Car horns blared. Firecrackers lit up the sky. Yells of "Vamos!" rang out among Buenos Aires' Parisian-style apartment buildings.

The revelers were acting like football fans, but the win they were cheering on Nov. 22 was political. It was the upset victory of Mauricio Macri, the mayor of the city of Buenos Aires, in a runoff election to become Argentina's next president. Even more than most presidential transitions, Macri's triumph will begin a new era for the country, and perhaps for South America as a whole.

He takes over from Cristina Fernández de Kirchner, who together with her late husband, Néstor Kirchner, governed for 12 years with a defiant populism that distorted the economy, made enemies at home and abroad and undermined institutions.

Fernández leaves her successor with an economy that has barely grown for four years, dwindling foreign-exchange reserves, inflation of around 25 percent and a budget deficit of more than 6 percent of GDP.

Macri's defeated rival, Daniel Scioli, shared Fernández's Peronist pedigree and ran as her heir. But even he would have reversed many of her policies; the parlous state of the economy would have left him with little choice.

With Macri, the first elected president in nearly a century who is neither a Peronist nor affiliated with the movement's weaker rival, the Radical Civic Union, reform is likely to be faster and more profound. He campaigned under the banner of Cambiemos ("Let's Change"), a coalition of mainly centrist non-Peronist parties. After a dozen years of kirchnerismo, he promises a return to economic sanity, diplomatic prudence and a more accountable democracy.

The son of an Italian-born businessman who grew rich on government connections, Macri is an unlikely president, aloof and sometimes almost inarticulate. But he has shown himself to be a good manager and a dogged campaigner. Politically, he is a self-made man. He first came to public notice as a successful president of Boca Juniors, the country's most popular football club. He has built a party — Republican Proposal — from scratch in 10 years.

Change will be evident as soon as Macri takes office on Dec. 10. He is a more collegial executive than Fernández, although he lacks her charisma. At his postelection news conference — itself a sign of greater openness — he suggested he would move quickly to restore professionalism to institutions that the Kirchners had tried to bring to heel. He will shake up the statistics agency, which has been churning out misleading reports on inflation, and he plans to replace the governor of the Central Bank, who has been obediently printing money to finance the budget deficit.

He is choosing well-regarded technocrats to fill top economic jobs. Alfonso Prat-Gay, a former Central Bank governor, is to be the head of a still-weighty finance ministry. Federico Sturzenegger, a congressman and economist, will take charge of the Central Bank.

Macri's choice for education, Esteban Bullrich, commands respect for having reduced the number of teachers' strikes in Buenos Aires.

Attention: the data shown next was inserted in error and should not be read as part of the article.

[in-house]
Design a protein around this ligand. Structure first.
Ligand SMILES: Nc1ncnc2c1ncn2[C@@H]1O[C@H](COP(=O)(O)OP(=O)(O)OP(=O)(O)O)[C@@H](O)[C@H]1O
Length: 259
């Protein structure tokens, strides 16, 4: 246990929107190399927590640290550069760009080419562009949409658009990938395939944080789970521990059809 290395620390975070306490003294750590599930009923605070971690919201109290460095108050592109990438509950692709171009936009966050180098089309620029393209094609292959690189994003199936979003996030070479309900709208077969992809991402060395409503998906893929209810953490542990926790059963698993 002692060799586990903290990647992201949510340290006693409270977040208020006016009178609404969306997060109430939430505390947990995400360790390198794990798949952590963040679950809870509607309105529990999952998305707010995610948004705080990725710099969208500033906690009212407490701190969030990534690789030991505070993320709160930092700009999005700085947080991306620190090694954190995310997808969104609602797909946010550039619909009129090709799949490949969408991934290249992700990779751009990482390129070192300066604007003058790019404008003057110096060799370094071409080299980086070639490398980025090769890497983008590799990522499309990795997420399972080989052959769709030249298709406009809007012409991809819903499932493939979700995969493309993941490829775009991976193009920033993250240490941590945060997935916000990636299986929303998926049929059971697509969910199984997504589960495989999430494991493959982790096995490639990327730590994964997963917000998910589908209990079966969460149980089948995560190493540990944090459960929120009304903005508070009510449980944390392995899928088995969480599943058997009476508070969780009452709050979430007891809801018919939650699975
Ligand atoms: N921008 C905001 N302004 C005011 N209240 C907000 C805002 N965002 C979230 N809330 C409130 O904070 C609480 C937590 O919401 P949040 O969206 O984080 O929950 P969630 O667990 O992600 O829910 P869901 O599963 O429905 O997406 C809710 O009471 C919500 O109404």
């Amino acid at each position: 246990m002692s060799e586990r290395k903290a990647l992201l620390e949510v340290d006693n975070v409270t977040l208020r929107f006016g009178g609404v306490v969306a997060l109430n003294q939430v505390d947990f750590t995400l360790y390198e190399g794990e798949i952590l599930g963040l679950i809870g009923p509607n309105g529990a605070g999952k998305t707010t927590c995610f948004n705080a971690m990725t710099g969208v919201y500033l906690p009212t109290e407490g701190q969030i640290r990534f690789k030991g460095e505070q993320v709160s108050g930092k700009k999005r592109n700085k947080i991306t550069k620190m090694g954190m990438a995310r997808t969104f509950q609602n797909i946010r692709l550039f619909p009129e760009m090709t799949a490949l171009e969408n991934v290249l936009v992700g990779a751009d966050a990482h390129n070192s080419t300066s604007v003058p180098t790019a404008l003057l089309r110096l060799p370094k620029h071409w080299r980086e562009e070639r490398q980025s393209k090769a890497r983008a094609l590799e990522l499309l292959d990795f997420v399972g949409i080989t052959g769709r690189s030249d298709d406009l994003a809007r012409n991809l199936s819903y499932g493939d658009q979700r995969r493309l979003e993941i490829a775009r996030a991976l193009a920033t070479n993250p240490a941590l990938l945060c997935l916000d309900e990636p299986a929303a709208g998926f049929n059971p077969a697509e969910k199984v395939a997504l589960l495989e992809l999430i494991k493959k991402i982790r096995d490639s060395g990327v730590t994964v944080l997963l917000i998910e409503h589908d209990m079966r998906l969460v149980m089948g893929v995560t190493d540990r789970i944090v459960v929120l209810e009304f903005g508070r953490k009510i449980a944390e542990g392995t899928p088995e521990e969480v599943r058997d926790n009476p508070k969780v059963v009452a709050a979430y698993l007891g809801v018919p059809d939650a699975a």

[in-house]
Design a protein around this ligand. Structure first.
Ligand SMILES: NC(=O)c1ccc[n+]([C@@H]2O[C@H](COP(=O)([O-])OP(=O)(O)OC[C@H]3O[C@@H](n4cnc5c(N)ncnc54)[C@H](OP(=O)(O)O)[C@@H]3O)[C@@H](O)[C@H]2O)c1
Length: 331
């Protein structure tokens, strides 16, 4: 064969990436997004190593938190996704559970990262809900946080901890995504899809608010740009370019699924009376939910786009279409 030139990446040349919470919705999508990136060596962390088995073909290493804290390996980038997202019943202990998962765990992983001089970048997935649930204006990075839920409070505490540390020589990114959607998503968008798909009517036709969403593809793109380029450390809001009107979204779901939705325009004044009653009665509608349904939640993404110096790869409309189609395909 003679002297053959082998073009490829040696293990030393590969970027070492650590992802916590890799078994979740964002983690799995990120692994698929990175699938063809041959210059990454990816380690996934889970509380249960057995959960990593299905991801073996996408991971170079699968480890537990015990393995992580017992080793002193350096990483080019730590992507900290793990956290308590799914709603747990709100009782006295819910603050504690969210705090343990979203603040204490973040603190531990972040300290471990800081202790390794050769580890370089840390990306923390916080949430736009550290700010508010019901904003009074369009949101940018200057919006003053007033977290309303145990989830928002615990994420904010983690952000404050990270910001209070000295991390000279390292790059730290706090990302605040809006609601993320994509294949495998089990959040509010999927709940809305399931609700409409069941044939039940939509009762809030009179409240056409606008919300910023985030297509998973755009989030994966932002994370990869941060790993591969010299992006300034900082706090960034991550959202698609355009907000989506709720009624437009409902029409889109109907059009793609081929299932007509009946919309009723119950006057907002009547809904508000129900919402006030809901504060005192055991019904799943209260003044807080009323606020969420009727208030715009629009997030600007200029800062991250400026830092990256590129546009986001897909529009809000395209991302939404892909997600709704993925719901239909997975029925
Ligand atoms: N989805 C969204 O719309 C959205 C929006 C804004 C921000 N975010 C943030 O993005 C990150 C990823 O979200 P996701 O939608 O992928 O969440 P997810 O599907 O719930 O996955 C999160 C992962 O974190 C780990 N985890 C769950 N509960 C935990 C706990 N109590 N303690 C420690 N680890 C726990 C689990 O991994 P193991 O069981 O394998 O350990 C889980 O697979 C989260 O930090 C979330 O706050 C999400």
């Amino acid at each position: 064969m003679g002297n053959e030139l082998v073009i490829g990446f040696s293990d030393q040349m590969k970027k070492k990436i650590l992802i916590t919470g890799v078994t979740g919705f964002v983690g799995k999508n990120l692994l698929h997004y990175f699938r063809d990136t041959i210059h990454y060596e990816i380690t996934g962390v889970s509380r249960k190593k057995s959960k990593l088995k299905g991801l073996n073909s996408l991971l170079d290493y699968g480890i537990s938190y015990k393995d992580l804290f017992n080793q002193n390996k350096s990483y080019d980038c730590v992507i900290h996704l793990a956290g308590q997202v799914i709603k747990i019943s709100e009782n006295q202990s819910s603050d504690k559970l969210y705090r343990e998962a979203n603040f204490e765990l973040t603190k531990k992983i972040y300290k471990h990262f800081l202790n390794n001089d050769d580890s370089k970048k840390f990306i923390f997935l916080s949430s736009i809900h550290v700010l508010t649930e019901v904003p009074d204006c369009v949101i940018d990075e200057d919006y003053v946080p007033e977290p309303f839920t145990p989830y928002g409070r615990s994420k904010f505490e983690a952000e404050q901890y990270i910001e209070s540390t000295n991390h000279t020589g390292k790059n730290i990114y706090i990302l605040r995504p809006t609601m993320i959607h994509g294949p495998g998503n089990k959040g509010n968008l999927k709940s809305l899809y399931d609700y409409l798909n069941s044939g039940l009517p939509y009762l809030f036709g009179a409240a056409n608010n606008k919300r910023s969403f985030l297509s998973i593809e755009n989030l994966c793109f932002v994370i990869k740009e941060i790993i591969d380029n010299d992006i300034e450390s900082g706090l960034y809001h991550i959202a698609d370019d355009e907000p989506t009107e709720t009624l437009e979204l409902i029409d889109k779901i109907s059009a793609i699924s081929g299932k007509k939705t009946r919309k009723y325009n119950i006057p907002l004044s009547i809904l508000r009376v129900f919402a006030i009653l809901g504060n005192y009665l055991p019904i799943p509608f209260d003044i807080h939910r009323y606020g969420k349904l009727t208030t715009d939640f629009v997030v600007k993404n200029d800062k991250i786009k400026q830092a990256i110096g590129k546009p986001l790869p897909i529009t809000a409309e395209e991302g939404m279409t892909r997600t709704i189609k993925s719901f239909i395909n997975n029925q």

To reorient Argentina's diplomacy, Macri has named Susana Malcorra, a little-known U.N. official, as foreign minister. The new president wants to repair relations with the United States and European countries, which Fernández snubbed in favor of authoritarian regimes such as Russia, Iran and China. Mercosur, a six-nation trade group, is likely to be more open to agreements with other trade partners than it has been under the Kirchners.

Vocal democracy advocate

Macri will be a bolder advocate of democracy in South America than his fellow leaders: he has already said that Venezuela should be suspended from Mercosur if it does not conduct fair parliamentary elections this Sunday and release opposition leaders from jail.

His most urgent task is the economy, which Fernández kept limping along by means of "patches," quick fixes such as a currency swap with China to replenish foreign-exchange reserves. These have been depleted by debt payments and by spending to support an overvalued exchange rate, which gives Argentines an illusion of prosperity but throttles exports.

Macri's problem is interlinked: removing economic distortions, balancing fiscal accounts and restoring normal financial relations with the outside world.

An adviser to the new president says that lifting exchange controls and removing export taxes will encourage farmers to sell crops they have hoarded. This could bring in as much as $9 billion to the Central Bank, says Luis Miguel Etchevehere of the Rural Society, a farmers' lobby. Rather than turn to the IMF for support, a political non-starter, the new team will look for other emergency sources of foreign funds.

Raising funds abroad would also give the new government more time to close the fiscal deficit. It can move more quickly to cut energy and transport subsidies which go to rich and poor alike: on average, Argentines pay just $9 a month for electricity.

Copyright 2013 The Economist Newspaper Limited, London. All Rights Reserved. Reprinted with permission.